If that video was the difference between you taking Tunsil or passing on him, as it apparently was with the Baltimore Ravens (they publicly claim differently, but anonymous sources on the team say it is so), then your team of scouts and personal researchers– you know, the ones who are so good at their jobs that no outsider could possibly understand them or do them– just aren’t doing their jobs.

If you have the time and resources to burn on asking a prospect if he’s gay, or to ask how he would kill someone (?!), you have the time and resources to uncover this video and find out the truth behind it well before draft night.

Some people will say, “Well, it’s not just the video. It’s how it looks to take a guy who has stuff like that come out on draft night.” The PR reason. Setting aside the fact that your goal is to build a winning football team, not get good press, and also setting aside the hypocrisy of teams that sign violent criminals being scared of bad press for cannabis, here’s my rebuttal to that:

If your PR people can’t find a positive way to spin taking a generational talent at a key position, they should get out of public relations.

It’s undeniably true that Tunsil has had some bad people in his life– most teams believe the video was leaked by a fired financial advisor, and Tunsil’s stepfather is suing him over an alleged assault that occurred when Tunsil’s stepfather was assaulting his mother and he stepped in.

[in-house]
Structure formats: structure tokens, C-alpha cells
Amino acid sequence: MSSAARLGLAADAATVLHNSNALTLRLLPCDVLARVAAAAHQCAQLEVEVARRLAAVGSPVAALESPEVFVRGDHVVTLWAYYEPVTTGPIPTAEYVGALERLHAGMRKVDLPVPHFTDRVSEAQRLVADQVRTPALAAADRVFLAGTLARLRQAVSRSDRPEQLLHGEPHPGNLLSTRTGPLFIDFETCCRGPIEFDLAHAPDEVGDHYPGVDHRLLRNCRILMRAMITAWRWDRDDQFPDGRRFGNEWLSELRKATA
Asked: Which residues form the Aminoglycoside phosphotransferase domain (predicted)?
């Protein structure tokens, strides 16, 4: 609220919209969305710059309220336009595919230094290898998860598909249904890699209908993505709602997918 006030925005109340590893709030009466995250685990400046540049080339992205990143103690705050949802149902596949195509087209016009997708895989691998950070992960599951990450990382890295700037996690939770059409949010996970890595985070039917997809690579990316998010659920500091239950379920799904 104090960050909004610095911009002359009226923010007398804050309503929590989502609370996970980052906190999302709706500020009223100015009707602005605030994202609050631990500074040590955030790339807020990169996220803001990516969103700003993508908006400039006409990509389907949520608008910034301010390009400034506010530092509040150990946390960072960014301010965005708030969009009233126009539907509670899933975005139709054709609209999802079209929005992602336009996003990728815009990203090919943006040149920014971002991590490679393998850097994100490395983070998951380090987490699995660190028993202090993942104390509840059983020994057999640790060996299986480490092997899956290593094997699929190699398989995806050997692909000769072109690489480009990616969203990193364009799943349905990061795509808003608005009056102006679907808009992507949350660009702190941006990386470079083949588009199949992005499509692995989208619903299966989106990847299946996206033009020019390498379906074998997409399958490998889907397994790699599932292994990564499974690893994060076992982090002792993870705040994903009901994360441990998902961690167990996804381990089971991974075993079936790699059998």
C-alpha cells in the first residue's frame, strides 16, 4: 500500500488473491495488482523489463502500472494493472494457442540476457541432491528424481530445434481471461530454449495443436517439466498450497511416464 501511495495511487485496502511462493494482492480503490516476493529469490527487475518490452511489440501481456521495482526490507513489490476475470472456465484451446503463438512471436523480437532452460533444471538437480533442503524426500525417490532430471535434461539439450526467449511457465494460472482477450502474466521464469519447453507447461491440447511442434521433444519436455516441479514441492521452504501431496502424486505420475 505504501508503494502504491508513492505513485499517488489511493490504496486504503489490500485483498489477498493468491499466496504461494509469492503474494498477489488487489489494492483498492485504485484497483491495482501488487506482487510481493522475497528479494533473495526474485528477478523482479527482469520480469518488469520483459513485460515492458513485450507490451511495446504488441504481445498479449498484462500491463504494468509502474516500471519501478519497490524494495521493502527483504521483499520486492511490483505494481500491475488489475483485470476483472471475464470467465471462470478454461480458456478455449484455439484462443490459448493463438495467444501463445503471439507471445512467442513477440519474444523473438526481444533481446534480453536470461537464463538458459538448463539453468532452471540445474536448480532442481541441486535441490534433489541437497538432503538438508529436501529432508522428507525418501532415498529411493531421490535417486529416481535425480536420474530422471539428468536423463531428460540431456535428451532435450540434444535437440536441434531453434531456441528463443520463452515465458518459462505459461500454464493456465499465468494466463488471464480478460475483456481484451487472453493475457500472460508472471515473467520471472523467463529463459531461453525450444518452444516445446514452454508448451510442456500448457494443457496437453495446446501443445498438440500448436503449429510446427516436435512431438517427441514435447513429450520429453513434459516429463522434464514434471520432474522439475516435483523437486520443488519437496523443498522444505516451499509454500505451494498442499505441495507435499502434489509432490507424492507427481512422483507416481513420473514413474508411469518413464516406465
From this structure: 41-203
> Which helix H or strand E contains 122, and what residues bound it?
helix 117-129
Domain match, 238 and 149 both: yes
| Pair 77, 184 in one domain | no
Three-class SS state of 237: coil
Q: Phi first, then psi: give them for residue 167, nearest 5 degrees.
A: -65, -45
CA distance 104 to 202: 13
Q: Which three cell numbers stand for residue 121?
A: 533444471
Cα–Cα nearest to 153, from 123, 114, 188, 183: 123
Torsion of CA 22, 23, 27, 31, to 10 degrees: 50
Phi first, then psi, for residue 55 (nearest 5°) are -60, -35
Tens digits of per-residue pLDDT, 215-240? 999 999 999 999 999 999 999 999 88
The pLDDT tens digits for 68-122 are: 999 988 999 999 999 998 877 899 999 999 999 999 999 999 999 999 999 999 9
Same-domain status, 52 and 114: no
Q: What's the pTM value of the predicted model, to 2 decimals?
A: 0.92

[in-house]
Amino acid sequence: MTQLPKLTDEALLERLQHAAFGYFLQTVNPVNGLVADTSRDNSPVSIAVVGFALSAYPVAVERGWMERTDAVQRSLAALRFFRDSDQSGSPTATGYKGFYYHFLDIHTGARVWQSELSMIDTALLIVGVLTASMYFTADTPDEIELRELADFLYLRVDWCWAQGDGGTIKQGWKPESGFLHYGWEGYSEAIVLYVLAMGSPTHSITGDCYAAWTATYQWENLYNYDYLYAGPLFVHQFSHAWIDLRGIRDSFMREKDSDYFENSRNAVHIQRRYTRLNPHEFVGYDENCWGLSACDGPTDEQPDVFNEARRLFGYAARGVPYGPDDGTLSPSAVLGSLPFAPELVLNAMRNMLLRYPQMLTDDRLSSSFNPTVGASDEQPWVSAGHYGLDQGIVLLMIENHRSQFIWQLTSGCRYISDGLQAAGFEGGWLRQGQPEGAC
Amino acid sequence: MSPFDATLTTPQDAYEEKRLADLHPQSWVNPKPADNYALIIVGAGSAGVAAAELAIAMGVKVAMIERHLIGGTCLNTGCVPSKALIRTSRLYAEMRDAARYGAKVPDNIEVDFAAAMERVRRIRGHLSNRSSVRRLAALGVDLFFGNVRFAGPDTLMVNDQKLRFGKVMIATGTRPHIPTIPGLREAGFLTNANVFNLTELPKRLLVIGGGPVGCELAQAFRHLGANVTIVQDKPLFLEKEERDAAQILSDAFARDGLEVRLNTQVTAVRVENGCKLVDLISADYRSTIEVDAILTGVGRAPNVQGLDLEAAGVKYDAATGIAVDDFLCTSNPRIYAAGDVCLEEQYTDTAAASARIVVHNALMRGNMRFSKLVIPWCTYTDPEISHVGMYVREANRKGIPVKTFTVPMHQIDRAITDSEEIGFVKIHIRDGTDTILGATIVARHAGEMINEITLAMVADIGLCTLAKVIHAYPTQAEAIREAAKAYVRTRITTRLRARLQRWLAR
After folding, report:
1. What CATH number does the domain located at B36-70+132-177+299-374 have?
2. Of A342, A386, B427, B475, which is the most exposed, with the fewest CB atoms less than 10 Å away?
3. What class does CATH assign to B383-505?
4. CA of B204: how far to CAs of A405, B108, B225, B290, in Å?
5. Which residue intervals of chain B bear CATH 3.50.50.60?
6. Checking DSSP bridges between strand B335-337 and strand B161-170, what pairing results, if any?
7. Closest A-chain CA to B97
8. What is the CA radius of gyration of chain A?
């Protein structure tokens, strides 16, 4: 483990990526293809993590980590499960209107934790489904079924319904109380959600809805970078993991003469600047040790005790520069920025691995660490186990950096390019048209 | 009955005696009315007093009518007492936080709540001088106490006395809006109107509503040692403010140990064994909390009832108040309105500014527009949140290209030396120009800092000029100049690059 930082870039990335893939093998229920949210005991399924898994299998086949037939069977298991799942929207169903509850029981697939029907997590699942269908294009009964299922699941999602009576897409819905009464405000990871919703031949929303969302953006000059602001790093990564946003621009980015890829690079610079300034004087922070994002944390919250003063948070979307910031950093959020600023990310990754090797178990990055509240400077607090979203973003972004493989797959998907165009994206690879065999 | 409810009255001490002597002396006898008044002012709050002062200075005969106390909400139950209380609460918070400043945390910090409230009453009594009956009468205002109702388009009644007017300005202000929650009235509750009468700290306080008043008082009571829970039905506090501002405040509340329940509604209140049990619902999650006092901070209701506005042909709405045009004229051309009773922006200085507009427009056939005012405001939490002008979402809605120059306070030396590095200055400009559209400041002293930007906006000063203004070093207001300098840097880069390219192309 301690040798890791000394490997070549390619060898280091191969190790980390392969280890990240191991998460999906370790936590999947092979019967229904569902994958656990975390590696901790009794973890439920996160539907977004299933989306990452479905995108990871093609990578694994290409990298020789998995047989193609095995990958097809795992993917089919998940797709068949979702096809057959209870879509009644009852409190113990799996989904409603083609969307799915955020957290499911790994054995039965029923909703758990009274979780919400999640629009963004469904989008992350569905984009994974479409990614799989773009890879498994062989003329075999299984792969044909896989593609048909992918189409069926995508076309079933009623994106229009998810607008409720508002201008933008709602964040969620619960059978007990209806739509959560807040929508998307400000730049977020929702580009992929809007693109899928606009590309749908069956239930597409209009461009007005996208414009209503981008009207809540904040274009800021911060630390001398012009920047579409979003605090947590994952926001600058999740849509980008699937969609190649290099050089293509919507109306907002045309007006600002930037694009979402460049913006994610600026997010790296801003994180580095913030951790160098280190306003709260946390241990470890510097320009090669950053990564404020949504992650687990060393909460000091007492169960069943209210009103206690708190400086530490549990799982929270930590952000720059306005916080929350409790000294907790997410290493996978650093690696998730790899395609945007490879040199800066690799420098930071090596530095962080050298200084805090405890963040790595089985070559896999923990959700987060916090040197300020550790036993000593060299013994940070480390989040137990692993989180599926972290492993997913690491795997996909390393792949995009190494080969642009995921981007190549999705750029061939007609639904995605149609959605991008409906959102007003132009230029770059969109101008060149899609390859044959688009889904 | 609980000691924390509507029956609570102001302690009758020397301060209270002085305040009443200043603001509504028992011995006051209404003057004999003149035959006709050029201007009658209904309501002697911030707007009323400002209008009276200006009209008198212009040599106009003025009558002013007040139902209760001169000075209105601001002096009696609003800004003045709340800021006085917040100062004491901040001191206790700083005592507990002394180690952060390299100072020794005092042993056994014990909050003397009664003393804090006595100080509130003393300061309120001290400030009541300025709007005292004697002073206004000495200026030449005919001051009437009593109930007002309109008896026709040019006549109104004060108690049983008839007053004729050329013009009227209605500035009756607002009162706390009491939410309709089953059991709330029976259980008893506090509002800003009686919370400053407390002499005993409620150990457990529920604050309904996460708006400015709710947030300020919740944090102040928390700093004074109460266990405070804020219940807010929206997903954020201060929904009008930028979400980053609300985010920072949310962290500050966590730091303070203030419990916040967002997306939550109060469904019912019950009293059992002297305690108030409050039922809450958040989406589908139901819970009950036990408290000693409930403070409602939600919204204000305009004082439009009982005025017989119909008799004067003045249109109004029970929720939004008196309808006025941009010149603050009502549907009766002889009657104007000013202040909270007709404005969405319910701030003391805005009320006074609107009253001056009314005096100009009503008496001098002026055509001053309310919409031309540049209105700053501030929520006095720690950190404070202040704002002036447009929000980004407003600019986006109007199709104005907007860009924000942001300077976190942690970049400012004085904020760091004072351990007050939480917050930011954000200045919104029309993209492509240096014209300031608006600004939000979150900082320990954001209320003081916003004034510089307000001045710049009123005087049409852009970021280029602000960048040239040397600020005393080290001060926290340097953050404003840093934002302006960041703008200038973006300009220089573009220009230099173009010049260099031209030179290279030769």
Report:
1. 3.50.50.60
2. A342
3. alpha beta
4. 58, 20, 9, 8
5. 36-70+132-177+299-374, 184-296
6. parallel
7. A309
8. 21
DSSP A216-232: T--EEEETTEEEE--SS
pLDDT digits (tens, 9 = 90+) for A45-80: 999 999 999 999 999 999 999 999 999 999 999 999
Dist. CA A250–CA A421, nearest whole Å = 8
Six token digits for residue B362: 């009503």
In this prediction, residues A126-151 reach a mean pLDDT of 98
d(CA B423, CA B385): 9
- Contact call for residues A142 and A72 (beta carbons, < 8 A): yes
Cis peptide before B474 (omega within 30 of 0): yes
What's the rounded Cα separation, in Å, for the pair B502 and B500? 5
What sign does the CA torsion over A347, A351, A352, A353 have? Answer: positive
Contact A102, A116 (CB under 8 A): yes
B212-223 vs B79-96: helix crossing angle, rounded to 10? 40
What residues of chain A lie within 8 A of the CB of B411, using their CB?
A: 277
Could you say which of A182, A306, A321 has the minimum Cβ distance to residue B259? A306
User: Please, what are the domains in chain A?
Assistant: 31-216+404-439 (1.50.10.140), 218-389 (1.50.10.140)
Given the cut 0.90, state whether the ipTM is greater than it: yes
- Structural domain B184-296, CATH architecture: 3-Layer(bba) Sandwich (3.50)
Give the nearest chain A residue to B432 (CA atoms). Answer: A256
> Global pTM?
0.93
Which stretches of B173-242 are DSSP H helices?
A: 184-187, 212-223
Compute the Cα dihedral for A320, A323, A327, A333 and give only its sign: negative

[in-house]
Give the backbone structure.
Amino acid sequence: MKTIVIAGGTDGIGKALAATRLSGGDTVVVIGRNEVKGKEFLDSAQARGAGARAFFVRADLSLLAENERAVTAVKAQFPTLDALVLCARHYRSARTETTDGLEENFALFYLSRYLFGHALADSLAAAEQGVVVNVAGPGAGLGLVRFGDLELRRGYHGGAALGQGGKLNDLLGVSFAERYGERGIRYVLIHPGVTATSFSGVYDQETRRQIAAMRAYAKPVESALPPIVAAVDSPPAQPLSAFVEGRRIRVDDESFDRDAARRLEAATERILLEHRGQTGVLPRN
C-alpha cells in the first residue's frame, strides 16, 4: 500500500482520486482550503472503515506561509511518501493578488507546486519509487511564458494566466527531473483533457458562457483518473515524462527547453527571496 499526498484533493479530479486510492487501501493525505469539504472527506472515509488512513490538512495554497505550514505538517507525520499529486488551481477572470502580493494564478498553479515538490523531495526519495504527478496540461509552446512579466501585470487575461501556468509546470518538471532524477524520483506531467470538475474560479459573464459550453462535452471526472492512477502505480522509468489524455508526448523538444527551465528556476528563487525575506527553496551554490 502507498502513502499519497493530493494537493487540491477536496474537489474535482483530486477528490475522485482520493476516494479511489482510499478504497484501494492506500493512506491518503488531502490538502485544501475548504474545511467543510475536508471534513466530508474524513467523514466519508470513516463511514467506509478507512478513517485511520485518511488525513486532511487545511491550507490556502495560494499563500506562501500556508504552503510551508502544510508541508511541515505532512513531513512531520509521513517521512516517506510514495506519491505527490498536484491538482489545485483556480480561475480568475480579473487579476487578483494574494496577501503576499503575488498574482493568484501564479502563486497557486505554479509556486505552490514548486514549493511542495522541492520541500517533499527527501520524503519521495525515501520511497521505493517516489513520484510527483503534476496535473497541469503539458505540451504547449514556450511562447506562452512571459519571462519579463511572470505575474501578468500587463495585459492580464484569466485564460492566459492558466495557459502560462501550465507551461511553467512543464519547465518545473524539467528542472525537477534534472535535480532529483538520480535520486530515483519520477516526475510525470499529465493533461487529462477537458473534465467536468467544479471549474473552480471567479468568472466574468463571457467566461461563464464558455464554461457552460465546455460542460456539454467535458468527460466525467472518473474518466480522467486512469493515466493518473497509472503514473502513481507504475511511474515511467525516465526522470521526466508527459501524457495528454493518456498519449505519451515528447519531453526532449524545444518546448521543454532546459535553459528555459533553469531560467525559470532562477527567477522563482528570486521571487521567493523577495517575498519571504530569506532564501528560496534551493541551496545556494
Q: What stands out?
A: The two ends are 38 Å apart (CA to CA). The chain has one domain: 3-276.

(EDIT: After I wrote this, but before I published it, Sally Jenkins of the Washington Post wrote a typically terrific column about how the NCAA’s system of faux-amateurism and keeping up appearances created the culture for shady people with bad intentions to get close to Tunsil. NCAA reform is a whole other topic, but it’s desperately necessary.)

You know what would be a good PR move? Drafting Tunsil, then having your coach say something like “We did our due diligence, and this video is from long in the past. We think this is a fine young man and a hard worker, who unfortunately has had some bad people in his life, and that’s all the more reason for us to give him a hand up into our support system, into the [Cityname Teamname] family, to surround him with players and coaches who can be positive role models and help him grow into the best player and person he can be.”

(This should have been especially true for the Baltimore Ravens, who make a lot of noise about having a strong team environment with a lot of veteran leadership. Instead they chose tackle Ronnie Stanley over Tunsil. This from a team that employed Ray Rice and has a statue of Ray Lewis outside its stadium.)

We didn’t get that. Instead, someone leaked this video to try to ruin Tunsil, and the league did its best to oblige. For shame.